At Saugeen Shores August 10th Council meeting, a report from the Ontario Office of the Ombudsman, answered complaints lodged with the Office regarding ‘closed meetings’ held by Council.
Mayor Luke Charbonneau said that normally a ‘communication’ is not read at Council however, he “… felt it important to bring the report to light as it’s important for the public to hear “.
The Ontario Office of the Ombudsman received a complaint about meetings held by council for the Town of Saugeen Shores on July 22nd, November 11th and November 25th, 2019. During these meetings, council convened in closed session to discuss the re-development of municipal property on the Port Elgin beach, “Cedar Crescent Village”.
The Ombudsman is the closed meeting investigator for the Town of Saugeen Shores.
In his report, Ombudsman Paul Dube, said that the complaint alleged that these discussions did not fit within the exceptions to the open meeting rule, and that council’s discussion expanded beyond the descriptions provided in the resolutions to proceed in camera. Additionally, two more complaints were lodged that council held an informal private gathering that amounted to an illegal closed meeting on February 24th, 2020. These complaints relate to a recess that council took during an open council meeting.
As part of the investigation, the Ombudsman reviewed relevant portions of the Town’s by-laws and policies, as well as the agenda packages, minutes, and meeting materials relevant to the closed session discussion. In addition, the open session video recording of the February 24th meeting was reviewed. As well all nine members of council, as well as the municipal Clerk and Chief Administrative Officer (CAO) were also interviewed.
At the conclusion of his report, the Ombudsman made the following determinations:
- that Council for the Town of Saugeen Shores did not violate the Municipal Act, on July 22, 2019, when it discussed the waterfront development in closed session. The discussion fit under the exception for discussing plans and instructions for negotiations (s. 239(2)(k)) and the exception for discussing the acquisition and disposition of municipal land (s 239(2)(c)).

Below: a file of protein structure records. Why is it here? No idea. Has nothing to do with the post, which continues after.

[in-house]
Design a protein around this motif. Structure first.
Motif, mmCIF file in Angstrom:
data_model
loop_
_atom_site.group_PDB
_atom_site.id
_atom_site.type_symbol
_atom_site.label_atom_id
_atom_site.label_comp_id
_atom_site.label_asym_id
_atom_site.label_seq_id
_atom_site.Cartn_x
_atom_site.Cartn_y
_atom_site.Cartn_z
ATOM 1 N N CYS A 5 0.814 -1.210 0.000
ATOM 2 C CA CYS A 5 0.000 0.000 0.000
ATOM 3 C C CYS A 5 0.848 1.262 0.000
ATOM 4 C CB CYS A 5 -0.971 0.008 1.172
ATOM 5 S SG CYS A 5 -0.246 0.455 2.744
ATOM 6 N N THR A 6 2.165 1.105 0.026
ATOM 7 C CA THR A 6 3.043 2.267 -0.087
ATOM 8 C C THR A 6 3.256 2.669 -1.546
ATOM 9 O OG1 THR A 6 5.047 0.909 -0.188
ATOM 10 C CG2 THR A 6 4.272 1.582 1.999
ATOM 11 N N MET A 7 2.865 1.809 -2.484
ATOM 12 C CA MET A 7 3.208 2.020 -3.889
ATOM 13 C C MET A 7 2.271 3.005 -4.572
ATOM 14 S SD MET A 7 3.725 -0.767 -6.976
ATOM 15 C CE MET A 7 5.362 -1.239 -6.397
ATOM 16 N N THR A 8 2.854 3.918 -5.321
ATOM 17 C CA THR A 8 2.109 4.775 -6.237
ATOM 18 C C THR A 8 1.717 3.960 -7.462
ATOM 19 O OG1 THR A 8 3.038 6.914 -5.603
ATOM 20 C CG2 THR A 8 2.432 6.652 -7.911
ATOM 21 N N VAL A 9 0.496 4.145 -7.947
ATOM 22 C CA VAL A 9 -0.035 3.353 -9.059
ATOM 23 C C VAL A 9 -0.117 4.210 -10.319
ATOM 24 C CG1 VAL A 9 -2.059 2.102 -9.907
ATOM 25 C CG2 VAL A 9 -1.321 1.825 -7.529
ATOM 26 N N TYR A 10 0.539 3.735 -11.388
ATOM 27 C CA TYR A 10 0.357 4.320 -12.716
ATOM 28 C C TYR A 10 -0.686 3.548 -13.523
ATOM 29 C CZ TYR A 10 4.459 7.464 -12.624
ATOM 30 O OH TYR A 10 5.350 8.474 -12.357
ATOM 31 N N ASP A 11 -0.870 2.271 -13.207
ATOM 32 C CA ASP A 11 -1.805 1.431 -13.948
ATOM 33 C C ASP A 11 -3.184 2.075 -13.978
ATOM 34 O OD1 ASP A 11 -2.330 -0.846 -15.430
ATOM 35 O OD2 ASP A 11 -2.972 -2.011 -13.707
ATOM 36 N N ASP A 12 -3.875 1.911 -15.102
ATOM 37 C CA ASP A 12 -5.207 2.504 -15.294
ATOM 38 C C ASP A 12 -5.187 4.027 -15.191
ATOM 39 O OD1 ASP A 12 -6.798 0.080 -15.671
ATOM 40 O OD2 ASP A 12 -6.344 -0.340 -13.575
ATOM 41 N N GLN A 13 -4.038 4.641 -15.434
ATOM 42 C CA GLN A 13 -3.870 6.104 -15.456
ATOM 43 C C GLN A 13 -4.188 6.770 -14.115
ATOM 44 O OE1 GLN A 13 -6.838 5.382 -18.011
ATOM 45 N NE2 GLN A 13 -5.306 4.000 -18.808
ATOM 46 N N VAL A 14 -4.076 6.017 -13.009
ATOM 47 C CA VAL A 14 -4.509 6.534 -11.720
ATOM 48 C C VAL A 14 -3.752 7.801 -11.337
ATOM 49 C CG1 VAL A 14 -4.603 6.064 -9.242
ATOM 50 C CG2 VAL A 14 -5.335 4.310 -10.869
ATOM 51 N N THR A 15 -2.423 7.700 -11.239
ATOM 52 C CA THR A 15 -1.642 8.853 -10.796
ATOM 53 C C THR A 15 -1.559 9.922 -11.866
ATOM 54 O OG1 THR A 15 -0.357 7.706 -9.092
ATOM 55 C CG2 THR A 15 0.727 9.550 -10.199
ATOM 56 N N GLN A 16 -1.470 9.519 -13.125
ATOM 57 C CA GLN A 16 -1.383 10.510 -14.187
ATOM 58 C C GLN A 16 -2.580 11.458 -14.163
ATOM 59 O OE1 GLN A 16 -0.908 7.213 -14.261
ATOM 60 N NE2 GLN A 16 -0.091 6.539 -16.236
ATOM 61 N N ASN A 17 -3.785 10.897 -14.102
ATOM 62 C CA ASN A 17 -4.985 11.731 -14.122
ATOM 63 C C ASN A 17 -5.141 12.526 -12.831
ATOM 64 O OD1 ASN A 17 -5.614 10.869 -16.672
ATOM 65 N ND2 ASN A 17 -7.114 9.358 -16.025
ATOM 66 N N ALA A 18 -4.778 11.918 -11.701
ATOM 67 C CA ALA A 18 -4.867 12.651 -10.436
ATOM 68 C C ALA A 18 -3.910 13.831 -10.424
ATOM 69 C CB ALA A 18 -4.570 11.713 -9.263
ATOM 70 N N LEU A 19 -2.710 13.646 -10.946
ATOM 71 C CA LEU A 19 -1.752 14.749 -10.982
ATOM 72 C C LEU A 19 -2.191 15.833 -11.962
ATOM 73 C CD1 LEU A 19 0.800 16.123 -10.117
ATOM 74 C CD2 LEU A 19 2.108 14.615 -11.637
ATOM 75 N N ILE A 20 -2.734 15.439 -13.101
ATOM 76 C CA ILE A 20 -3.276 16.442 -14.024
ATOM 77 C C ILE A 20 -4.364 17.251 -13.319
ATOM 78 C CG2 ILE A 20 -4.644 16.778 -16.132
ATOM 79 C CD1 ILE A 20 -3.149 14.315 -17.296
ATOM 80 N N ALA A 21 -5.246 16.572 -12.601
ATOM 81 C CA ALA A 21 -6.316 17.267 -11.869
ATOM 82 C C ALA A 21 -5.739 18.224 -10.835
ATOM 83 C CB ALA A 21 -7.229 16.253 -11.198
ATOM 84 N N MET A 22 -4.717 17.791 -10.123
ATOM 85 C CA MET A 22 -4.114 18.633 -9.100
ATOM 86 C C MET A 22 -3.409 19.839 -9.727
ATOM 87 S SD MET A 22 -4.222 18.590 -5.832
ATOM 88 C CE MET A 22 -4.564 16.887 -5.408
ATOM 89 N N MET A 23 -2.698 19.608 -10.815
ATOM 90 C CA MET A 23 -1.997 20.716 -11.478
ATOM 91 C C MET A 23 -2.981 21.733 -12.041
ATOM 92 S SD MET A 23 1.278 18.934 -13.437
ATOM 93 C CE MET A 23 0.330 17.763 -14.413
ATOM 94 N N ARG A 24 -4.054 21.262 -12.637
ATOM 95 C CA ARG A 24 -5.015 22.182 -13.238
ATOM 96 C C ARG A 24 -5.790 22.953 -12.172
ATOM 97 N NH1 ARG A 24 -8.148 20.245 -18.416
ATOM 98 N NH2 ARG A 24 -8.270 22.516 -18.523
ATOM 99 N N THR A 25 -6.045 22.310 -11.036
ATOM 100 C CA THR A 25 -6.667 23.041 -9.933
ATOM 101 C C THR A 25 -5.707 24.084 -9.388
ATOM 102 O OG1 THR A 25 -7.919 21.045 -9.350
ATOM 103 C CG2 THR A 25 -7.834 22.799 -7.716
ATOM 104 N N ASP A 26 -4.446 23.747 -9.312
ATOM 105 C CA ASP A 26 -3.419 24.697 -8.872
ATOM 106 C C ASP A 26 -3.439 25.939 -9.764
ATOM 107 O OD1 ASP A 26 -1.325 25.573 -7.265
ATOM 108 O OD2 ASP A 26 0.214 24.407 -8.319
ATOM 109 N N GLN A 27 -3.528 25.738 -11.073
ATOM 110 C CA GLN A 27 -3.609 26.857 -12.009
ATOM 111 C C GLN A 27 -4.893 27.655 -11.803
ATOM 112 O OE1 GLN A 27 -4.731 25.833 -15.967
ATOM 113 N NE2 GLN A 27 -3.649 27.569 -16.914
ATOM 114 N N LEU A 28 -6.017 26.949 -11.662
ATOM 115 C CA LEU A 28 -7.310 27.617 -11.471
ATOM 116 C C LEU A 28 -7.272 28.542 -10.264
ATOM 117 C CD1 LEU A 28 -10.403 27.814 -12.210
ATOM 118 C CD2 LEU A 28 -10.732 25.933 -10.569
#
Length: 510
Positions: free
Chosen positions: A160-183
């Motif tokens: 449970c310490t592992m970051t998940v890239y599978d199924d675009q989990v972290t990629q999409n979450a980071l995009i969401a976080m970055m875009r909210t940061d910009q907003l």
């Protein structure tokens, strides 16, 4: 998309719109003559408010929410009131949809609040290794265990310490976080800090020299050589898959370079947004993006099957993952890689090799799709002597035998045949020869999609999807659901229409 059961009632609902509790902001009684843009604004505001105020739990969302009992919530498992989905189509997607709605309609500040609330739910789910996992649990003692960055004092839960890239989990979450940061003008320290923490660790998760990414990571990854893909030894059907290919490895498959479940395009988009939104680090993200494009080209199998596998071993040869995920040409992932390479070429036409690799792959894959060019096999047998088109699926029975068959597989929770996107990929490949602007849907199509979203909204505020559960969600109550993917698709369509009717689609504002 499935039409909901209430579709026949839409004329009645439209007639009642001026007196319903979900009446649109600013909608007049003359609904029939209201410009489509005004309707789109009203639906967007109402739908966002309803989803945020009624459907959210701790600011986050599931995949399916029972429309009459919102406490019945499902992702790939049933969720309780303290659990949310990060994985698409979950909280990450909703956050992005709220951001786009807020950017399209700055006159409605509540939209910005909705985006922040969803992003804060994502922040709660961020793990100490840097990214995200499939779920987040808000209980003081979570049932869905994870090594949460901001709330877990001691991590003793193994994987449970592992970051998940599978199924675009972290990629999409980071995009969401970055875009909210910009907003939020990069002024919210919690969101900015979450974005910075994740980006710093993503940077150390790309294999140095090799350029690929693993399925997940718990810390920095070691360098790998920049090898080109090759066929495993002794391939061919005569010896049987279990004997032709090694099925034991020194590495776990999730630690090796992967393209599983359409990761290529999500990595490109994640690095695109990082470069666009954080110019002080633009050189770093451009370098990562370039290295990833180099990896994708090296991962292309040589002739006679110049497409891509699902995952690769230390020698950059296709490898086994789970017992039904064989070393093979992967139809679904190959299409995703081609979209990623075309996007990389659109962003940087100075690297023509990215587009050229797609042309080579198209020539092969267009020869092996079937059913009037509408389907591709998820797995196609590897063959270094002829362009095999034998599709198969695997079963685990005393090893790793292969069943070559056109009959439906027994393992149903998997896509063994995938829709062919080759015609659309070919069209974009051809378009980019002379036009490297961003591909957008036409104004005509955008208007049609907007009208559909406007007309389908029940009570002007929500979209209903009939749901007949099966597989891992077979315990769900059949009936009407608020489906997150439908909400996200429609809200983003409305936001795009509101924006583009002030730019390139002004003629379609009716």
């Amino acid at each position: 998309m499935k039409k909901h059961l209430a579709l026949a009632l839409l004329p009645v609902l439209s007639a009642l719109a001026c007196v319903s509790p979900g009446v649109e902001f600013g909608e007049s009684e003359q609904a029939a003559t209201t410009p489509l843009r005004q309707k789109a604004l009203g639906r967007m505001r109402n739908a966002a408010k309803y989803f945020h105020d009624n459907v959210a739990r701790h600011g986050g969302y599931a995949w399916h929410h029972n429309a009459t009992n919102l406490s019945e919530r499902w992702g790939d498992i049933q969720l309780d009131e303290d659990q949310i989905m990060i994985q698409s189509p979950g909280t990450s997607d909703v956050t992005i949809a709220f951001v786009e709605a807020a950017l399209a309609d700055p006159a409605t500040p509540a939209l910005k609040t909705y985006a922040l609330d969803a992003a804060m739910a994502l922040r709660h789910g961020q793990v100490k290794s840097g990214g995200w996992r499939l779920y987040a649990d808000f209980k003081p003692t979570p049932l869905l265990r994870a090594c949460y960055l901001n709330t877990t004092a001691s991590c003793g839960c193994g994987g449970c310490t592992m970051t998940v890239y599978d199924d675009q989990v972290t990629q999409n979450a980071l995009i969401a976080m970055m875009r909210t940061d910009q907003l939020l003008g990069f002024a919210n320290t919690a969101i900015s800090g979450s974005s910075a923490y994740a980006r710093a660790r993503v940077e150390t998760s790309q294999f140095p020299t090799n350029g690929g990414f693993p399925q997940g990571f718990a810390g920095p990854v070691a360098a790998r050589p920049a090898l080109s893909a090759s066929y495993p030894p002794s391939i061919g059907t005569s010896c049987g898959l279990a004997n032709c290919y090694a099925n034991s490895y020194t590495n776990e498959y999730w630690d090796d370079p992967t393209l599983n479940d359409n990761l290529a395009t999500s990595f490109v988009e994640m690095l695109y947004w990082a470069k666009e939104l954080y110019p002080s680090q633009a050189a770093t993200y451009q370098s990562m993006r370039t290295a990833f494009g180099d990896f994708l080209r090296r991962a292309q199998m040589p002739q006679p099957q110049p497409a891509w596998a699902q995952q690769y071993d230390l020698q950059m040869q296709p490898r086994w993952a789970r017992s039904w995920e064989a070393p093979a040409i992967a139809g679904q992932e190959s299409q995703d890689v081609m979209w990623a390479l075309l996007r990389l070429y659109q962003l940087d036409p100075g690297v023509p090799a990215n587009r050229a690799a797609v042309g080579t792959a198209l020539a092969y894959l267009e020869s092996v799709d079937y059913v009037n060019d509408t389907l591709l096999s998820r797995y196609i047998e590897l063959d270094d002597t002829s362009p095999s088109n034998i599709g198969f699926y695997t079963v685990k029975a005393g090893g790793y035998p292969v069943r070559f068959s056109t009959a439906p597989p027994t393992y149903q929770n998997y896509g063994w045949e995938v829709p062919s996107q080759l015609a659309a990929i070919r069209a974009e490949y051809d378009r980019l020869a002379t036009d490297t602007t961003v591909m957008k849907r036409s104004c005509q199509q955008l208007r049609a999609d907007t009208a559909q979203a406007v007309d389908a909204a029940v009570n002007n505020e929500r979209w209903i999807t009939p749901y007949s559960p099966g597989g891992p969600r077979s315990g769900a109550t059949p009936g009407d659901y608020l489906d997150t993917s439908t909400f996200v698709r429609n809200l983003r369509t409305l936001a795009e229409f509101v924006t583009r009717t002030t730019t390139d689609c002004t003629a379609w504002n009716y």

- that Council for the Town of Saugeen Shores did not violate the Act on November 11 or November 25, 2019, when it discussed the waterfront development in closed session. The November 11 discussion was permissible under the exception for plans and instructions for negotiations (s. 239(2)(k)) and the November 25 discussion was permissible under the plans and instructions for negotiations (s. 239(2)(k)) and advice subject to solicitor-client privilege (s. 239(2)(f)) exceptions.
- that Council also did not contravene the Act’s open meeting requirements during the meeting recess on February 24, 2020. This discussion did not constitute a meeting under the Act, as council did not materially advance any business or decision-making.
“Council has faced a considerable amount of criticism with regard to our procedure around the waterfront development,” said Mayor Charbonneau. “It has now been looked into by the Ombudsman who has found that the procedures were entirely appropriate. The Integrity Commissioner late last year determined that I and Councilor Myette also had not violated the Code of Conduct as far as those waterfront meetings were concerned.”
Deputy Mayor Don Matheson also added that, “I think it’s important that the public knows that Council does not operate on its own. We have a series of rules that we must follow under the Municipal Act. We are guided by our CAO, our Clerk and our Mayor and the last thing that we want is to break those rules. Those are laws and we are representatives of this community and we don’t do ‘stuff’ like that. So, when members of the community have a decision that they don’t like and they challenge us on our integrity I think it gets offide. The Ombudsman’s report vindicates us and shows that we are doing what we are supposed to do, what we were elected to do. It is a very costly experience to go to the Ombudsman and the Town itself is responsible for paying for that. I hope the community understands that we do what we are supposed to do and are guided by our management team. Our Clerk and CAO are very knowledgeable in what we can and cannot do and they make sure we stay on the ‘straight-and-narrow’. We would not do anything to put the town of Saugeen Shores in jeopardy.”
The Town is committed to sharing the Ombudsman’s final report with council and making it available to the public as soon as possible, and no later than the next council meeting.
To read the Ombudsman’s communication to Council, CLICK HERE